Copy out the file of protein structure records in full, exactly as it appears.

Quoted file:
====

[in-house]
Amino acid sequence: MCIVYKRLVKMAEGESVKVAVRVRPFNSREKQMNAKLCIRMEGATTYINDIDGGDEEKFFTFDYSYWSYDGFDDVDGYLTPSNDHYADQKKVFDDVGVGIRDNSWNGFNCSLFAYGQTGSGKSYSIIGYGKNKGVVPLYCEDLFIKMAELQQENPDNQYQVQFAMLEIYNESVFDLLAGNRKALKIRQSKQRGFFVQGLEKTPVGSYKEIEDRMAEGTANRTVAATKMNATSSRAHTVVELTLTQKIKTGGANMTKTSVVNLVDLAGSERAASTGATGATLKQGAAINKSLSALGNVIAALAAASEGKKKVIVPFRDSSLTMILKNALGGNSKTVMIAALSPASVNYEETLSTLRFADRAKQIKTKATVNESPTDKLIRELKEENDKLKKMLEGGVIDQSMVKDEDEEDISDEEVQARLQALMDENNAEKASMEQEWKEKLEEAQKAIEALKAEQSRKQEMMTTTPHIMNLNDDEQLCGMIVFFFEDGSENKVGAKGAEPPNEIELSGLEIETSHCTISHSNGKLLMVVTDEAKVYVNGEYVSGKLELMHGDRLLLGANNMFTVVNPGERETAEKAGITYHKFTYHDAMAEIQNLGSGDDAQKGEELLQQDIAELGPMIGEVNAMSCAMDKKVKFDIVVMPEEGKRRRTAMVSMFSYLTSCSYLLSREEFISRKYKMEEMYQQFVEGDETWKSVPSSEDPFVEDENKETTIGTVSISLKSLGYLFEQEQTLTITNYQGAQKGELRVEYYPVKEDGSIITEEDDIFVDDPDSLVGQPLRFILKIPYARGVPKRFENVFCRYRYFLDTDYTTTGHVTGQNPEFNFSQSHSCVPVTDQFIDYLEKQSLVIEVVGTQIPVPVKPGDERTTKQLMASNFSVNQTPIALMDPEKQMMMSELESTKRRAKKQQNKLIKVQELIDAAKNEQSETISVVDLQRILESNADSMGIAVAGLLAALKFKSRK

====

[in-house]
Amino acid sequence: MCIVYKRLVKMAEGESVKVAVRVRPFNSREKQMNAKLCIRMEGATTYINDIDGGDEEKFFTFDYSYWSYDGFDDVDGYLTPSNDHYADQKKVFDDVGVGIRDNSWNGFNCSLFAYGQTGSGKSYSIIGYGKNKGVVPLYCEDLFIKMAELQQENPDNQYQVQFAMLEIYNESVFDLLAGNRKALKIRQSKQRGFFVQGLEKTPVGSYKEIEDRMAEGTANRTVAATKMNATSSRAHTVVELTLTQKIKTGGANMTKTSVVNLVDLAGSERAASTGATGATLKQGAAINKSLSALGNVIAALAAASEGKKKVIVPFRDSSLTMILKNALGGNSKTVMIAALSPASVNYEETLSTLRFADRAKQIKTKATVNESPTDKLIRELKEENDKLKKMLEGGVIDQSMVKDEDEEDISDEEVQARLQALMDENNAEKASMEQEWKEKLEEAQKAIEALKAEQSRKQEMMTTTPHIMNLNDDEQLCGMIVFFFEDGSENKVGAKGAEPPNEIELSGLEIETSHCTISHSNGKLLMVVTDEAKVYVNGEYVSGKLELMHGDRLLLGANNMFTVVNPGERETAEKAGITYHKFTYHDAMAEIQNLGSGDDAQKGEELLQQDIAELGPMIGEVNAMSCAMDKKVKFDIVVMPEEGKRRRTAMVSMFSYLTSCSYLLSREEFISRKYKMEEMYQQFVEGDETWKSVPSSEDPFVEDENKETTIGTVSISLKSLGYLFEQEQTLTITNYQGAQKGELRVEYYPVKEDGSIITEEDDIFVDDPDSLVGQPLRFILKIPYARGVPKRFENVFCRYRYFLDTDYTTTGHVTGQNPEFNFSQSHSCVPVTDQFIDYLEKQSLVIEVVGTQIPVPVKPGDERTTKQLMASNFSVNQTPIALMDPEKQMMMSELESTKRRAKKQQNKLIKVQELIDAAKNEQSETISVVDLQRILESNADSMGIAVAGLLAALKFKSRK